Among the biggest losers in Thursday's early trading are
Pluristem (Nasdaq: PLSTM)
FirstMerit (Nasdaq: FMER).
There's a very good reason why biotech investors are implored to
monitor "cash-burn rates." Many of these companies chew through
their funds at a rapid pace, so they need to keep reloading
thebalance sheet until product sales (orpartnership milestone
payments) start to build. That's why many investors steer clear of
any biotech that has less than six months' worth of cash left. The
closer it gets to crunch time, the greater the likelihood that new
stock will be sold at sharply-discounted prices.
It's not just the cash-starved biotechs you need to worry about,
though. Even companies with ample cash on hand can announce a
sudden capital raise -- if their stock has just taken off. That
lesson is being brought home by Pluristem, which is taking
advantage of a quick recent spike in its stock to raise more cash.
The announcement caught some off guard (though it shouldn't have)
andshares are off nearly 15% in Thursday trading.
The sell-off actually brings a clear opportunity for those that
missed out on earlier gains. That's because Pluristem appears to
hold a great deal of promise with its "PLX" biotechnology. PLX is
being tested to treat various lung diseases, including cystic
fibrosis, which afflicts several million people worldwide. Clinical
testing results thus far have been quite impressive (which explains
why the stock was making a nice upward move before the secondary
publicoffering was announced). This is an example where you may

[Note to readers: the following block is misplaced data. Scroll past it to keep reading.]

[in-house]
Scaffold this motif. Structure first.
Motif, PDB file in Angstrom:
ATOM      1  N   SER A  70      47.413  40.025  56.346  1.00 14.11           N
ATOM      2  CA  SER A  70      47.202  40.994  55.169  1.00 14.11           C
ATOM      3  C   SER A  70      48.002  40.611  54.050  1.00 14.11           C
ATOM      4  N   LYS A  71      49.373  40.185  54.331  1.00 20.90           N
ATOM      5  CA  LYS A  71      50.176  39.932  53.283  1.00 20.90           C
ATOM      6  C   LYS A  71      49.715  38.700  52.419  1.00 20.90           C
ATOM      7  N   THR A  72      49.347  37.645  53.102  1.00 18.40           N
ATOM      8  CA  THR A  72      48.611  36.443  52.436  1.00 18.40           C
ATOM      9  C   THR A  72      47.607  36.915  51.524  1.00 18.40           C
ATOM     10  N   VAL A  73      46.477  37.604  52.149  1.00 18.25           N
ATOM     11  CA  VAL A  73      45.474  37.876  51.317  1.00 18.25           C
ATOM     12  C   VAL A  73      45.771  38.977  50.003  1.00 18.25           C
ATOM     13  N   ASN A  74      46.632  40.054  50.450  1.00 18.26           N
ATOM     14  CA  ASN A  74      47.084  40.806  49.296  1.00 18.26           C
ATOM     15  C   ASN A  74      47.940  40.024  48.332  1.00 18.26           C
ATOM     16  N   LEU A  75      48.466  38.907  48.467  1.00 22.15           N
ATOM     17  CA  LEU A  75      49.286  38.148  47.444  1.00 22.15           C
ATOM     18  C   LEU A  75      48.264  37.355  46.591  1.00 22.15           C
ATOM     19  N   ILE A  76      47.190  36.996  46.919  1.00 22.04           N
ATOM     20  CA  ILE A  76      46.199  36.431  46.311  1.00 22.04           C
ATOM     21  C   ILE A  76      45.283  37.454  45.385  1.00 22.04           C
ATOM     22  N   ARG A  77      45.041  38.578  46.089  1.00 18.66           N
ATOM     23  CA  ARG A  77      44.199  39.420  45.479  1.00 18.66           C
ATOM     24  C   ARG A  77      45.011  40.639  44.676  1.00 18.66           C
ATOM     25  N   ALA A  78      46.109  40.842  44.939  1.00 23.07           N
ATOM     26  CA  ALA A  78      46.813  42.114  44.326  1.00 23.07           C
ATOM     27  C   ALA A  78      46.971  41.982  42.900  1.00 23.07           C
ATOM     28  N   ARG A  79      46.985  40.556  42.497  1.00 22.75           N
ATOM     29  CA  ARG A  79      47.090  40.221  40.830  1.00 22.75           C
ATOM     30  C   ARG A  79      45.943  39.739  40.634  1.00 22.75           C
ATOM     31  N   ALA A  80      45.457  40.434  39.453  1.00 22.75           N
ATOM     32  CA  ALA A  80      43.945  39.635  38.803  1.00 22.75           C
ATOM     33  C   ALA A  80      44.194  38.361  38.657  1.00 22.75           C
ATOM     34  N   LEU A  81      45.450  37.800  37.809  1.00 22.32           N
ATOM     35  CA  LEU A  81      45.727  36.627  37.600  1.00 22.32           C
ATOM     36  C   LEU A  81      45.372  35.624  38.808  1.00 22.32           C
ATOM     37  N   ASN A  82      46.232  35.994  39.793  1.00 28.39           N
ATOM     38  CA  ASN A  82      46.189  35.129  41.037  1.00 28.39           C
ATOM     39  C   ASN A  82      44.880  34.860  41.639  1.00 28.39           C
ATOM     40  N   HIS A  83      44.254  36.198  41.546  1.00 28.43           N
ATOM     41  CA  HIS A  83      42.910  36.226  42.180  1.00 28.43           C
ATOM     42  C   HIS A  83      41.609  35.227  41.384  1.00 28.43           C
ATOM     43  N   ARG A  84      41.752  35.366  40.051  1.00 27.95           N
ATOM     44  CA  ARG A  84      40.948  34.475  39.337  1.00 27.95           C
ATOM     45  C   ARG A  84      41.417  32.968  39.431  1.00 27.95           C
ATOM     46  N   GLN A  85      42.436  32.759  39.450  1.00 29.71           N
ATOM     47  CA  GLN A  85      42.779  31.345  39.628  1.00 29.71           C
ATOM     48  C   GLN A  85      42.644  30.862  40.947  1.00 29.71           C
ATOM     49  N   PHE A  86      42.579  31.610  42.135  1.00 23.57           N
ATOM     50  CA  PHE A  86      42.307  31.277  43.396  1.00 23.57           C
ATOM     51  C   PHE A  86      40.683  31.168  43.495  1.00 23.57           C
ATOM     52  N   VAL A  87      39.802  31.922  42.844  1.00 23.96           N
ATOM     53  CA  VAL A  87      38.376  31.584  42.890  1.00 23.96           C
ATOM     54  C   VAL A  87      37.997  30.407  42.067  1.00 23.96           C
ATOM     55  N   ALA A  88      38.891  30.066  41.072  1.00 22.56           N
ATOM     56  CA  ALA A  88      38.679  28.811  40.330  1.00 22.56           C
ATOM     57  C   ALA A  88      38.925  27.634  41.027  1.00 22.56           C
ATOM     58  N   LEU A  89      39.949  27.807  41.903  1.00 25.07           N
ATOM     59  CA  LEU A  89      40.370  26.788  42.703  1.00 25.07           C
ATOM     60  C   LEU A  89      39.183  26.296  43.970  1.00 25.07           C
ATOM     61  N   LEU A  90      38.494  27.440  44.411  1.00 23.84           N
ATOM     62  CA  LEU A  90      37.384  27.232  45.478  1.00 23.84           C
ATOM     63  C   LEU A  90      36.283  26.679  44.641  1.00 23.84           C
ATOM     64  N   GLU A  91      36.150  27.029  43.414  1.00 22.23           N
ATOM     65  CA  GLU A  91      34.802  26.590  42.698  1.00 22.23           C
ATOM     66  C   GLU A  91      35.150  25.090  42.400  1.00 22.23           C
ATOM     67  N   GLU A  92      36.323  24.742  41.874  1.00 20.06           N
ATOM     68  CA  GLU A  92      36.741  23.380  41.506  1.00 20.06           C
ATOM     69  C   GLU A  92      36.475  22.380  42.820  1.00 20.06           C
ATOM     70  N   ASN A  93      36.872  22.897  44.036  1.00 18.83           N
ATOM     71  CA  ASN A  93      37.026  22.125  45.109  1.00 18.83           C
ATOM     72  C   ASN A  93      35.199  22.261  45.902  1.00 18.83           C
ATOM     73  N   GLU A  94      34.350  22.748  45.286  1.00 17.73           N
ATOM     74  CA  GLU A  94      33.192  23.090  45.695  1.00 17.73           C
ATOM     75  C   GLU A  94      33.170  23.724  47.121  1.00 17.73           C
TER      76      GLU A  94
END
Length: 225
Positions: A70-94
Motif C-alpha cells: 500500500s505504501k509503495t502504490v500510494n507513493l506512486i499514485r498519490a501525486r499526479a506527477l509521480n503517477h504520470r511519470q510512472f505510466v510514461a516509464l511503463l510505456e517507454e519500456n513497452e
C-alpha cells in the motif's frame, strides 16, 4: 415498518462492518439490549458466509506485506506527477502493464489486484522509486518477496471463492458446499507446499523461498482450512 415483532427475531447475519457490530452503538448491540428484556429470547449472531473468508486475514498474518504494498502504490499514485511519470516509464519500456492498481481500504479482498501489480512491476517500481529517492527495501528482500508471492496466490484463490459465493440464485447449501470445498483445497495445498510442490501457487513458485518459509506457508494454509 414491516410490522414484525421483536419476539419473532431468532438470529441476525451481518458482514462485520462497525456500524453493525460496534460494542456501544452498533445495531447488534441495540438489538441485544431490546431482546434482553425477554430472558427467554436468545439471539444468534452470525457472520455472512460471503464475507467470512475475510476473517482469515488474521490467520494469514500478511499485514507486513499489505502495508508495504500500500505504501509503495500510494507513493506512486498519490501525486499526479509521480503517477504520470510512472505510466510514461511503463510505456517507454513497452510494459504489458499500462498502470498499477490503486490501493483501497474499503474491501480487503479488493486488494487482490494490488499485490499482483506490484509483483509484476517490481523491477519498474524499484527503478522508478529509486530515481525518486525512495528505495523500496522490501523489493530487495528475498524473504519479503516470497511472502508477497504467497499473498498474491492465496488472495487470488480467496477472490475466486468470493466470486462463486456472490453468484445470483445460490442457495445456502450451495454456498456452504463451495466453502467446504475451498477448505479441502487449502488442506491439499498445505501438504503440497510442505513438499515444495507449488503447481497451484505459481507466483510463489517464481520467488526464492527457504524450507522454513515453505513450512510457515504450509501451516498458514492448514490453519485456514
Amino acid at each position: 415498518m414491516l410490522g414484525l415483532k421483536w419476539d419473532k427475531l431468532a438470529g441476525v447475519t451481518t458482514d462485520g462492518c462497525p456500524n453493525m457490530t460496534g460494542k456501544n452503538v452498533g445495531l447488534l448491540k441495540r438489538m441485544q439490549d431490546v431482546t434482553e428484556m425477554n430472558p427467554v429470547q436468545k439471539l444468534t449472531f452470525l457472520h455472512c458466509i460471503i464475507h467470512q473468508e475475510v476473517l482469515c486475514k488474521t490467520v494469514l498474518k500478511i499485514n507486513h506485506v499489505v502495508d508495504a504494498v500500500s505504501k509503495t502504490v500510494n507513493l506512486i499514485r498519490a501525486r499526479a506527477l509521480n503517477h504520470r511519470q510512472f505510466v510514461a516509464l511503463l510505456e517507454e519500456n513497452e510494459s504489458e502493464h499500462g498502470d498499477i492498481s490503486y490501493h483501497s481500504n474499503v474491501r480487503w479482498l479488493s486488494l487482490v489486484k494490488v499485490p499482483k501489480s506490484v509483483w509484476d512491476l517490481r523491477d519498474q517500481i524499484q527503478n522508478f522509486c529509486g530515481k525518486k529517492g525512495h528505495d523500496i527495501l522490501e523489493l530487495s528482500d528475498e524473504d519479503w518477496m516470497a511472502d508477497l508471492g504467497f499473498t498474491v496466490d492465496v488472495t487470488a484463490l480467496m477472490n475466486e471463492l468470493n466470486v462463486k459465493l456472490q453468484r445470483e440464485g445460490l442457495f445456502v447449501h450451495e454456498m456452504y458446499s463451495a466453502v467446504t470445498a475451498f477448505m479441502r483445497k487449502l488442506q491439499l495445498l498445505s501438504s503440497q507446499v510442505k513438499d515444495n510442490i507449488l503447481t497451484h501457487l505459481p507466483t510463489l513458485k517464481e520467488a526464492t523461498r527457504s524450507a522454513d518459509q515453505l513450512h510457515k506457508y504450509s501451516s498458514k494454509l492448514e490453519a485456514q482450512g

want to complete your research fairly quickly, as the sharp drop on
Thursday may not last.
FirstMerit capitalizes on the changing banking
While the nation's largest banks wrestle with ongoing regulatory
requirements to build and maintain large cash cushions, they've
largely avoided their traditional growth-through-acquisition
strategies. That's created an opening for regional banks to go on a
shopping spree. They are on the prowl for smaller banks that are
increasingly hard-pressed to stay afloat while capital requirements
get ever stiffer. And history has shown that the acquiring banks
tend to reap significant benefits by boosting their deposit base
through these deals.
In that light, investors should be applauding FirstMerit's move
Citizens Republic Bancorp (Nasdaq: CRBC)
for $950 million in an all-stock deal. On a split-adjusted basis,
shares of Citizens Republic traded for $160 a share five years ago,
so the sub $25-a-share purchase price sure smells like a
So why are shares of FirstMerit selling off sharply in Thursday
trading? Perhaps because it will still have to repay the $345
million that Citizens Republic owed as part of the TARP
(TroubledAsset Relief) program. FirstMerit, with more than $4
billion in in the bank, can easily shoulder that burden. (That also
raises the question of why the deal wasn't just done for cash).
Still, look for analysts to boost their long-term growth forecasts
for FirstMerit, as this industry almost always sees scale
Action to Take -->
Both of these falling stocks look newly appealing -- albeit for
disparate reasons. Pluristem's a speculative play, but has
potentially major upside if PLX continues to perform well in
clinical trials. FirstMerit is smartly capitalizing on industry
trends that tend to favor regional banks.
-- David Sterman
David Sterman does not personally hold positions in any
securities mentioned in this article. StreetAuthority LLC does not
hold positions in any securities mentioned in this article.